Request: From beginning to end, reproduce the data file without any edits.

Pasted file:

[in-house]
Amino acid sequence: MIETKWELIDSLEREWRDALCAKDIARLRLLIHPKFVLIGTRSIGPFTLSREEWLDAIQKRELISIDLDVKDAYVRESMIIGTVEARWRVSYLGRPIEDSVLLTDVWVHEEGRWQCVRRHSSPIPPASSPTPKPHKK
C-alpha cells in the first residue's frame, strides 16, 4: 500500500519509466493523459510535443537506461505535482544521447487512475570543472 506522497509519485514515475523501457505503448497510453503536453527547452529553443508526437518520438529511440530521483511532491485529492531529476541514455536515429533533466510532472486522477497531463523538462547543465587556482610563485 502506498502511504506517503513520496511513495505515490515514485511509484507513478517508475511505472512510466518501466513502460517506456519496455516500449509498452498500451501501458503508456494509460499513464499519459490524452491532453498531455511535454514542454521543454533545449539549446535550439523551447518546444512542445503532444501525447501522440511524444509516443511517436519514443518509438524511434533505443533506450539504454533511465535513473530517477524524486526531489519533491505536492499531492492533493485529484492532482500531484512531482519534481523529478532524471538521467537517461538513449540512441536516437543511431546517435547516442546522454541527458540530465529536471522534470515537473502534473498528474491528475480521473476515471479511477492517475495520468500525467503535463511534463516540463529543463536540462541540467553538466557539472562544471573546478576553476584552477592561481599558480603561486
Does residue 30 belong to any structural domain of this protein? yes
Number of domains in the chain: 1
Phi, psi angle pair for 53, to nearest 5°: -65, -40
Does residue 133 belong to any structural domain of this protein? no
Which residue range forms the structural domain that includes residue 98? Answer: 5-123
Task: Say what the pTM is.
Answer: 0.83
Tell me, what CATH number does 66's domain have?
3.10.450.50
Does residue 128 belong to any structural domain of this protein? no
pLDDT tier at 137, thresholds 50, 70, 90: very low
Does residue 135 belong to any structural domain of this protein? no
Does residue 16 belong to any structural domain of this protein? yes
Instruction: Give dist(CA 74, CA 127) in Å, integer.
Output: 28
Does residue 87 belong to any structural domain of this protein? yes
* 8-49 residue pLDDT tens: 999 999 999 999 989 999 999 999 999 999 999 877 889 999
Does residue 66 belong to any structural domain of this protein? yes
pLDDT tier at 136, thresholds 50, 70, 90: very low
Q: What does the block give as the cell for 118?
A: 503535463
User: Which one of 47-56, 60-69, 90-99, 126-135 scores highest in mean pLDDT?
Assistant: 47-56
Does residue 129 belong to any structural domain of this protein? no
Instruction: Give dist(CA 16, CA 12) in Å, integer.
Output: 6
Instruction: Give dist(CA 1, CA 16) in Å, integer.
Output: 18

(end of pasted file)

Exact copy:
[in-house]
Amino acid sequence: MIETKWELIDSLEREWRDALCAKDIARLRLLIHPKFVLIGTRSIGPFTLSREEWLDAIQKRELISIDLDVKDAYVRESMIIGTVEARWRVSYLGRPIEDSVLLTDVWVHEEGRWQCVRRHSSPIPPASSPTPKPHKK
C-alpha cells in the first residue's frame, strides 16, 4: 500500500519509466493523459510535443537506461505535482544521447487512475570543472 506522497509519485514515475523501457505503448497510453503536453527547452529553443508526437518520438529511440530521483511532491485529492531529476541514455536515429533533466510532472486522477497531463523538462547543465587556482610563485 502506498502511504506517503513520496511513495505515490515514485511509484507513478517508475511505472512510466518501466513502460517506456519496455516500449509498452498500451501501458503508456494509460499513464499519459490524452491532453498531455511535454514542454521543454533545449539549446535550439523551447518546444512542445503532444501525447501522440511524444509516443511517436519514443518509438524511434533505443533506450539504454533511465535513473530517477524524486526531489519533491505536492499531492492533493485529484492532482500531484512531482519534481523529478532524471538521467537517461538513449540512441536516437543511431546517435547516442546522454541527458540530465529536471522534470515537473502534473498528474491528475480521473476515471479511477492517475495520468500525467503535463511534463516540463529543463536540462541540467553538466557539472562544471573546478576553476584552477592561481599558480603561486
Does residue 30 belong to any structural domain of this protein? yes
Number of domains in the chain: 1
Phi, psi angle pair for 53, to nearest 5°: -65, -40
Does residue 133 belong to any structural domain of this protein? no
Which residue range forms the structural domain that includes residue 98? Answer: 5-123
Task: Say what the pTM is.
Answer: 0.83
Tell me, what CATH number does 66's domain have?
3.10.450.50
Does residue 128 belong to any structural domain of this protein? no
pLDDT tier at 137, thresholds 50, 70, 90: very low
Does residue 135 belong to any structural domain of this protein? no
Does residue 16 belong to any structural domain of this protein? yes
Instruction: Give dist(CA 74, CA 127) in Å, integer.
Output: 28
Does residue 87 belong to any structural domain of this protein? yes
* 8-49 residue pLDDT tens: 999 999 999 999 989 999 999 999 999 999 999 877 889 999
Does residue 66 belong to any structural domain of this protein? yes
pLDDT tier at 136, thresholds 50, 70, 90: very low
Q: What does the block give as the cell for 118?
A: 503535463
User: Which one of 47-56, 60-69, 90-99, 126-135 scores highest in mean pLDDT?
Assistant: 47-56
Does residue 129 belong to any structural domain of this protein? no
Instruction: Give dist(CA 16, CA 12) in Å, integer.
Output: 6
Instruction: Give dist(CA 1, CA 16) in Å, integer.
Output: 18